science + technology news

New artificial blood shows promise

March 15, 2004

A promising new blood substitute called MP4 contains hemoglobin molecules coated with polyethylene glycol to make them bulkier, so the resulting fluid is more viscous than normal blood.

Tests in hamsters that had lost a lot of blood showed they needed less MP4 than real blood to oxygenate their tissues.

Turning Back the Bio Clock

March 15, 2004

Researchers are hard at work building biological time machines that reverse aging in some cells.

Some are trying to reset biological clocks by mimicking “magic factors” in human eggs — the only cells in a woman’s body not programmed to die. Others are identifying molecules that enable salamanders to re-grow limbs. Chemists in San Diego have created a chemical compound they call “reversine,” which resets muscle cells in mice… read more

Pen-size scanner records entire page in one sweep

March 15, 2004

The new DocuPen from Planon System Solutions is a full-page scanner slightly bigger than a pen. It scans at 200-by-200 dots-per-inch resolution into 2 MB of on-board memory.

Robot race suffers quick, ignoble end

March 15, 2004

A robot race across the Mojave Desert turned into a parade of frustration Saturday, as 15 driverless vehicles spun their wheels, flipped over and encountered rocks and ruts that befuddled sensors and baffled programming.

Scientists find ’10th planet’

March 15, 2004

Cal Tech astronomers may have discovered the solar system’s 10th planet, “Sedna,” more than 3 billion kilometers further away from the sun than Pluto.

The planet has a diameter of almost 2,000 km. The discovery will be presenting during a NASA briefing on Monday at 1:00 p.m. EST.

Robot trumpets Toyota’s know-how

March 15, 2004

A trumpet-playing robot has been developed by Japanese car maker Toyota to showcase its prowess in humanoid robotics.

Toyota hopes to form a robot band to play at the 2005 World Exposition, being held in Aichi in central Japan.

Method produces uniform, self-assembled nanocells

March 12, 2004

A new method for producing uniform, self-assembled liposomes (a type of artifcial cell) has been developed by researchers at the National Institute of Standards and Technology (NIST). It may lead to an improved method for encapsulating drug therapies.

Current bulk methods for producing liposomes produce particles in a wide range of sizes, which must be sorted and filtered before being used for drug delivery, since dosage depends critically on… read more

Multilevel Molecular Memory

March 12, 2004

USC/NASA-Ames have produced a nanowire-based memory cell with three different controllable bit states, for a total of 8 distinct levels, allowing for cramming more data into a fixed lateral region on a data storage device.

In Science’s Name, Lucrative Trade in Body Parts

March 12, 2004

A scandal at the cadaver laboratory at the University of California, Los Angeles, has thrown back a heavy curtain that has kept trade in body parts largely hidden from public view.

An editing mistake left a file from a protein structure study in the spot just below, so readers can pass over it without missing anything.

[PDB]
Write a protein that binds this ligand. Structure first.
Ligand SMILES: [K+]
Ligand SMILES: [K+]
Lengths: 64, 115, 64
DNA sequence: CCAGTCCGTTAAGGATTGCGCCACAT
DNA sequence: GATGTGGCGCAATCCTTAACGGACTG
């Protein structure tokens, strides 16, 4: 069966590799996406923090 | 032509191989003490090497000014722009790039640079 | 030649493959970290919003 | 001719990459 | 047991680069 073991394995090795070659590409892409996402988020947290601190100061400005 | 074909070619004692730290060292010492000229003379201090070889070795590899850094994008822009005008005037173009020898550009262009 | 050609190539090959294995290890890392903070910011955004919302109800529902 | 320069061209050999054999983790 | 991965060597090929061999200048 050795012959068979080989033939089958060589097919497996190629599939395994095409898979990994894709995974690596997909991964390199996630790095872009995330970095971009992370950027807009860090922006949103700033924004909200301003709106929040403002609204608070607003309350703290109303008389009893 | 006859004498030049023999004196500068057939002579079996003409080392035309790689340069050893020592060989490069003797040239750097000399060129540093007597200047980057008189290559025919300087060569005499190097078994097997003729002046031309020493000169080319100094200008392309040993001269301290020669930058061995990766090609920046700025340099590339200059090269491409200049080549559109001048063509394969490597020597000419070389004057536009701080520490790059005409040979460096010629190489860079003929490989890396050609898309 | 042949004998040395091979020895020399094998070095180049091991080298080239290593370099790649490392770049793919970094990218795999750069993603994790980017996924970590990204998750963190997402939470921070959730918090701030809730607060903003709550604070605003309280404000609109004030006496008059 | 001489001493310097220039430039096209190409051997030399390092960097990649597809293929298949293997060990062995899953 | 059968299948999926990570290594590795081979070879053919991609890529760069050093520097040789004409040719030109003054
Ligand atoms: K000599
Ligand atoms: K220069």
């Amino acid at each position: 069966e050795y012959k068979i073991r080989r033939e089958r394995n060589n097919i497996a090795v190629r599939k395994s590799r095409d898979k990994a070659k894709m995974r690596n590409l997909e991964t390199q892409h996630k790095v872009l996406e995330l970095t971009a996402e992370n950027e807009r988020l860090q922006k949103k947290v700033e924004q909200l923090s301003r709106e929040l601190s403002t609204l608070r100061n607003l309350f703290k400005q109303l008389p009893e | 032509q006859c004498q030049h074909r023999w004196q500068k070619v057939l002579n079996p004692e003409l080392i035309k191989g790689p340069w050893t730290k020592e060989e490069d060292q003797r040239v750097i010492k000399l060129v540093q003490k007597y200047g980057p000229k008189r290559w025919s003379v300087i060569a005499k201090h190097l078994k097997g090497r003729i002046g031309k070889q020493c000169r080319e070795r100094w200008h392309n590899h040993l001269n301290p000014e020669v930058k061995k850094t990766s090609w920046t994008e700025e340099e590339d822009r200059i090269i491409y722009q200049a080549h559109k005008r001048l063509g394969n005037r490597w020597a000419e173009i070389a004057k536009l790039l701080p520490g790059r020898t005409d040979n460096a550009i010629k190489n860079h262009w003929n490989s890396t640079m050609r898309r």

The university suspended its Willed Body Program this week, and university police arrested the program’s director and a man the university accuses of trafficking in as many as 800 cadavers in a six-year body-parts-for-profit scheme.

Disembodied robotic arm clambers round home

March 12, 2004

A prototype disembodied robotic arm designed to move around the home has been unveiled.

The meter-long arm, called Flexibot, is capable of docking to a wheelchair or a wall and can help disabled people feed themselves and in other activities.

100-metre nanotube thread pulled from furnace

March 12, 2004

A thread of carbon nanotubes more than 100 meters long has been pulled from a furnace. The previous record holder was a mere 30 centimeters long.

By bundling the nanotubes together into much longer fibers, scientists hope to harness their properties on a larger scale. For example, embedding long carbon nanotube threads in plastic would allow tougher composites for airplane hulls.

Can nanotech keep chipmaking up to speed?

March 11, 2004

Chipmakers should do more extensive nanotechnology research, right now, says Juri Matisoo, vice president of technology, Semiconductor Industry Association.

The SIA is predicting that today’s manufacturing techniques may stop finding advances some time around 2011.

Physics: “Putting The Weirdness To Work”

March 11, 2004

Many scientists foresee revolutionary technologies based on the truly strange properties of the quantum world.

Robot builder could ‘print’ houses

March 11, 2004

A robot for “printing” houses has been developed that takes instructions directly from an architect’s computerized drawings and then squirts successive layers of concrete on top of one other to build up vertical walls and domed roofs. The precision automaton could revolutionize building sites.

The first house will be built in 2005. If the technology is successful, the robot could enable new designs that cannot be built using conventional… read more

Quantum computing gets a step closer

March 11, 2004

Scientists have witnessed an atom and a photon share the same information. This is an important milestone in the quest to create a quantum computer, which could operate much faster than conventional computers.

This is the first time that scientists have seen a single atom entangled with a single photon. These mobile bits of quantum information, known as “flying qubits,” have the potential to travel over many kilometers, eventually… read more

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